What self-management outcomes matter most to patients, family care-givers, healthcare professionals and commissioners?

Insight 2013

  • Research aims to identify areas of consensus and difference about what self-management outcomes matter most to different stakeholders.
  • Follow-on work aims to help commissioners measure the success of self-management programmes
  • Led by Sara Demain, University of Southampton.
  • Supported by the person-centred care stream of the Health Foundation’s Insight research programme.
  • Study 1 is due to be completed in early 2016 and study 2 in early 2017. 

Study 1 – understanding what outcomes matter

Currently a disjoint exists between policies promoting self-management and the implementation in practice, as it is assumed that improvements in clinical indicators or health behaviours are the outcomes of most value. However, there is little empirical evidence that this is indeed the case, nor is there much about which outcomes are of most value to different stakeholder groups.

This in-depth study, focused on three exemplar long-term conditions (diabetes, stroke, colorectal cancer) relevant to self-management, aims to explore what outcomes are valued by four key stakeholder groups: patients; family, friends and carers; healthcare professionals; and commissioners.

The research adopts a three phased mixed methods approach:

  • synthesis of existing evidence
  • collation and analysis of qualitative data generated from a range of stakeholders
  • a modified Delphi survey to determine what outcomes matter most to different stakeholders and to identify areas of consensus and disparity.

The findings can be used to improve health care by helping to inform and develop effective interventions and support systems that are meaningful to all stakeholders, and also to help guide the development of appropriate and valid outcome measures that capture the concepts relevant to all stakeholders.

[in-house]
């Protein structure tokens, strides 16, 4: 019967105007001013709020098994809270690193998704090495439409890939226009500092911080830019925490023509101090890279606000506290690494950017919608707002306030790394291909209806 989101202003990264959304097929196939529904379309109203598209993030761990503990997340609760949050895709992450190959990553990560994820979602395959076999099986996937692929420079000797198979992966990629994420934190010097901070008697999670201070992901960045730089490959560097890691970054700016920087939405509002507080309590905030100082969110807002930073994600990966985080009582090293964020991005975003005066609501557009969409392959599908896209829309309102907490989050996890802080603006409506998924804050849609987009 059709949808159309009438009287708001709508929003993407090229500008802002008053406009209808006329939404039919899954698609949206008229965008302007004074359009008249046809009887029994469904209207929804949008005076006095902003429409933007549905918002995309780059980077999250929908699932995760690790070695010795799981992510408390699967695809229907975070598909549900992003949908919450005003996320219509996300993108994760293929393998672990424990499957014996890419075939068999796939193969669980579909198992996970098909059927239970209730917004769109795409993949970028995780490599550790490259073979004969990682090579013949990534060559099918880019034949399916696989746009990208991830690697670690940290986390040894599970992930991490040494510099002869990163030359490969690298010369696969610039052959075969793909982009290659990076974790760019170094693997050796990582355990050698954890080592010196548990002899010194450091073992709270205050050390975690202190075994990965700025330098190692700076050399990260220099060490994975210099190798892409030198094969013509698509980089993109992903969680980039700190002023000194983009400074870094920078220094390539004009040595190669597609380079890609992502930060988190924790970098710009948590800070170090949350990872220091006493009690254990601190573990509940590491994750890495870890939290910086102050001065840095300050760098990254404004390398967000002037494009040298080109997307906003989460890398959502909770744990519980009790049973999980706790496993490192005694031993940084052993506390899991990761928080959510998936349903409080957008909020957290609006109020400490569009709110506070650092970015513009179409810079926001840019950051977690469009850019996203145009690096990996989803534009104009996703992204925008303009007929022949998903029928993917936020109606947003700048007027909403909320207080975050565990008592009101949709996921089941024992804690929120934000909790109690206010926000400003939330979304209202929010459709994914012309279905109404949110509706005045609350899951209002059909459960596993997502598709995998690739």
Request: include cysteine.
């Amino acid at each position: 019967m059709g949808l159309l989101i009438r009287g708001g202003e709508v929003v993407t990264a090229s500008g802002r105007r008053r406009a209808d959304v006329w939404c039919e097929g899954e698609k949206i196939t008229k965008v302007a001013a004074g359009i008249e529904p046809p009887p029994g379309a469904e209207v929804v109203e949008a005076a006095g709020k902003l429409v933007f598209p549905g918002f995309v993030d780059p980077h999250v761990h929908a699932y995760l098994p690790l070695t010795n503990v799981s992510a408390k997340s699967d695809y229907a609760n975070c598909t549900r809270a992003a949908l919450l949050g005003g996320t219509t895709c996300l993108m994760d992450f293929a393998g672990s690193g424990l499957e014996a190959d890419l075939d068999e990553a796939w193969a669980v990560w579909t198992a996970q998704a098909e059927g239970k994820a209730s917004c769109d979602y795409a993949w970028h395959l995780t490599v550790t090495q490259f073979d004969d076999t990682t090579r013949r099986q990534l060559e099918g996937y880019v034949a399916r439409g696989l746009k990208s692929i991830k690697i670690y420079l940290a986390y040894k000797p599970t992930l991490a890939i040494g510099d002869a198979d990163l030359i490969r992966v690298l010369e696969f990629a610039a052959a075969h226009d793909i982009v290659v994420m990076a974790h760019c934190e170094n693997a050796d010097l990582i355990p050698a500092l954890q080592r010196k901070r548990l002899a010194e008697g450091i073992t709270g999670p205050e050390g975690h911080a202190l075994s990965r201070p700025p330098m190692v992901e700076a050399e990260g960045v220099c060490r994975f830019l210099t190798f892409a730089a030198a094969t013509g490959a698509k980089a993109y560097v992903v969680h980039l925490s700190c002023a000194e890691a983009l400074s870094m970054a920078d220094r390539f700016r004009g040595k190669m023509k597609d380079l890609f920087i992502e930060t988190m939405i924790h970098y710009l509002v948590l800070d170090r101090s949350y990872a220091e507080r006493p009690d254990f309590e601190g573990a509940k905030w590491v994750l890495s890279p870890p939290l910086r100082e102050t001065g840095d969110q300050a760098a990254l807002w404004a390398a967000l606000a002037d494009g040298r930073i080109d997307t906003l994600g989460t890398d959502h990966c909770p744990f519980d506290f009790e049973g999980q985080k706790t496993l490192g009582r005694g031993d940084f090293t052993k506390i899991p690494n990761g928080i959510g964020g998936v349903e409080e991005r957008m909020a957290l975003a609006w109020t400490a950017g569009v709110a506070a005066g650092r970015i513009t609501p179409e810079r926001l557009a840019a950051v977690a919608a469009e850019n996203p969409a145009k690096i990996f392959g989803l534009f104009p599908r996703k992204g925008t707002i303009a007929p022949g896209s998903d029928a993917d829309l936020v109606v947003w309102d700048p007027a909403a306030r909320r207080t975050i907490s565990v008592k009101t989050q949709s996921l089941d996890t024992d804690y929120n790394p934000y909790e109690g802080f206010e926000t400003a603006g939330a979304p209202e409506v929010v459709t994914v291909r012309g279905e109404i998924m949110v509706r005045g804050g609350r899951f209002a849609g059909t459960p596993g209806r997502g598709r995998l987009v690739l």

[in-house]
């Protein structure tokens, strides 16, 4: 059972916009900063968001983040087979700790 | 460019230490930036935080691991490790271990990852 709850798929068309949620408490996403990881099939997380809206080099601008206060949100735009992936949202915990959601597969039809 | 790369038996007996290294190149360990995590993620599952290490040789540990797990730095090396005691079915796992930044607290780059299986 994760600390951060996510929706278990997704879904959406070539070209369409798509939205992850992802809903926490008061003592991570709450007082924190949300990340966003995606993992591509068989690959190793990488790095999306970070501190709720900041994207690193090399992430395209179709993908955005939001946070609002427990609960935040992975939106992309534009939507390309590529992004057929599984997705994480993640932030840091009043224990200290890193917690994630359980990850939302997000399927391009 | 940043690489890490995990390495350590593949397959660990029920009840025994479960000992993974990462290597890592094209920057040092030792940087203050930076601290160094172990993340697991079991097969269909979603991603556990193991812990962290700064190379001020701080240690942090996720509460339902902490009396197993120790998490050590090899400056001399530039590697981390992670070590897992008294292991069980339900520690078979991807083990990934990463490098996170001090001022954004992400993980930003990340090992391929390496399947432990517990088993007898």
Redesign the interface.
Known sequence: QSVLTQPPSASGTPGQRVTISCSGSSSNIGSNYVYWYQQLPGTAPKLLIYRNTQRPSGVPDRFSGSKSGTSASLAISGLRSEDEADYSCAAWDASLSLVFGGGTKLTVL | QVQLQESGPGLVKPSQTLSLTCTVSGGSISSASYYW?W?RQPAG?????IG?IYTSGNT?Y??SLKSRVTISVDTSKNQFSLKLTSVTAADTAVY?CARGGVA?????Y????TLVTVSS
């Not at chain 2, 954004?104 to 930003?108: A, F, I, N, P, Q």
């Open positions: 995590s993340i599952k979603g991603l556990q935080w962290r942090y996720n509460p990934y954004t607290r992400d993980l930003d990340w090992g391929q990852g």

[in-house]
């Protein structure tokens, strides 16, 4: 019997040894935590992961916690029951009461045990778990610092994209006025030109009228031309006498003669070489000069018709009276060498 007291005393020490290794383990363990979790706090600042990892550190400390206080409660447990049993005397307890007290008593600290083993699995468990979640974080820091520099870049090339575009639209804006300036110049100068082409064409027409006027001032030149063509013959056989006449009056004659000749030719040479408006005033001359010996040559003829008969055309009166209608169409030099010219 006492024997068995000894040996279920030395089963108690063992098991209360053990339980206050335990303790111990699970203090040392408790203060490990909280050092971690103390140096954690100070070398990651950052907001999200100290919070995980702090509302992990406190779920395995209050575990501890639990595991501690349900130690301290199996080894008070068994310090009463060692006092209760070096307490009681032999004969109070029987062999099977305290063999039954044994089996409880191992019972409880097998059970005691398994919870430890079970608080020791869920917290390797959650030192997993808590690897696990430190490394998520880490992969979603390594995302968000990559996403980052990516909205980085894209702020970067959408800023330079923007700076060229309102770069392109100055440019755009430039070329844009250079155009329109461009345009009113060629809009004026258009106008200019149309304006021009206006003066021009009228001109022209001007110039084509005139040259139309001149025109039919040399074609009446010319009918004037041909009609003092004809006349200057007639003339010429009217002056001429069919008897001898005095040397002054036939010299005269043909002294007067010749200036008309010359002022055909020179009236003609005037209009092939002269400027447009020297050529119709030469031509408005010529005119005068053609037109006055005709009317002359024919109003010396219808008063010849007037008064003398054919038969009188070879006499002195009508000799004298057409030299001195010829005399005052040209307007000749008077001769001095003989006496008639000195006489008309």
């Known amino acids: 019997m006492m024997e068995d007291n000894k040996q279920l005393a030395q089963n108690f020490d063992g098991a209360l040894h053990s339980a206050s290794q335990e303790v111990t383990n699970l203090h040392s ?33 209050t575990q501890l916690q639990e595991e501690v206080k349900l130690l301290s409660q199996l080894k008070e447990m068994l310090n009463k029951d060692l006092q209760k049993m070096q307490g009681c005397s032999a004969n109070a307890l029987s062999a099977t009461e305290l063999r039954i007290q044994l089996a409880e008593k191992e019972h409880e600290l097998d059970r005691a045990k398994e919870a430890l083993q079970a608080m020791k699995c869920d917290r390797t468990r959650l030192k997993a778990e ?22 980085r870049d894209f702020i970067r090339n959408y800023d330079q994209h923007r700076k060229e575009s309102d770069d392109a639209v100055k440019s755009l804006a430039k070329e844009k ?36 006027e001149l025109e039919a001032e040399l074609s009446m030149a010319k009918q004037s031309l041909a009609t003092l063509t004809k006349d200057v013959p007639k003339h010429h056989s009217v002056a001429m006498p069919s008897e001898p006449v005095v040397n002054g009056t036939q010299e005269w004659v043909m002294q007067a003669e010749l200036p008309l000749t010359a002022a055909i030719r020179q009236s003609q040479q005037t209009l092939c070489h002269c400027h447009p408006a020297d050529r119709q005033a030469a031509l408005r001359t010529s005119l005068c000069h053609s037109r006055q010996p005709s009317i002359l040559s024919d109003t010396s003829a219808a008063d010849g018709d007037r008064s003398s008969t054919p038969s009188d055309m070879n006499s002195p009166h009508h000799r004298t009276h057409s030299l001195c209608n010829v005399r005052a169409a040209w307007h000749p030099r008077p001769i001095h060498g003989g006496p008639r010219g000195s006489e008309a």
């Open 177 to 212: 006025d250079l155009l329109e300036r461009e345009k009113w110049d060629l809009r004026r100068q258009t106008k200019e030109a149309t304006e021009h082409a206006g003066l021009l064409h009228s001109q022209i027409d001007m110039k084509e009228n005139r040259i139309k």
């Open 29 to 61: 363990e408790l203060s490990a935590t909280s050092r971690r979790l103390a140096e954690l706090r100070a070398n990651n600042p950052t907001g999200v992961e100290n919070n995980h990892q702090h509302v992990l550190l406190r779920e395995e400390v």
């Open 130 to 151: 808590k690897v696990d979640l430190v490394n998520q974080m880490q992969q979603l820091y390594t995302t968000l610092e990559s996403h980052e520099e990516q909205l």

Study 2 – helping commissioners measure what matters

The first study identified that commissioners were using mostly process measures, such as number of visits to Accident and Emergency or the number of unplanned hospital admissions, as indicators of the success of self-management interventions. Commissioners rarely used patient reported outcomes measures (PROMS), which would allow them to evaluate how much benefit patients gained in terms of confidence, knowledge and skills from self-management interventions. They reported that this was because they didn’t know which measurement tools they should use and had concerns that they would take too long or be too difficult to use or interpret.

This study aims to develop a resource which will help commissioners to identify and select appropriate patient reported outcome measures:

  • that assess the outcomes of SM that matter to patients, families, health professionals and commissioners - as identified by our first study
  • which are psychometrically robust; and,
  • have pragmatic utility.    

To do this we will:

  • Review patient reported outcome measures (PROMS) used in studies included in the PRISMS meta-reviews of self-management interventions
  • Map these against the concepts that matter framework developed in study 1
  • Use the COSMIN checklist to assess the psychometric properties of the outcome measures
  • Evaluate pragmatic utility by scoring patient time, staff time, costs to use for each PROM
  • Create an on-line resource with links to the PROMS and psychometric and pragmatic evaluation scores
  • Get commissioner feedback on usage and usefulness.

Stage one of the research is due to be completed in early 2016 and stage 2 in early 2017.

Contact details

For more information about this project, please contact Darshan Patel, Research Manager and Sara Demain, University of Southampton.

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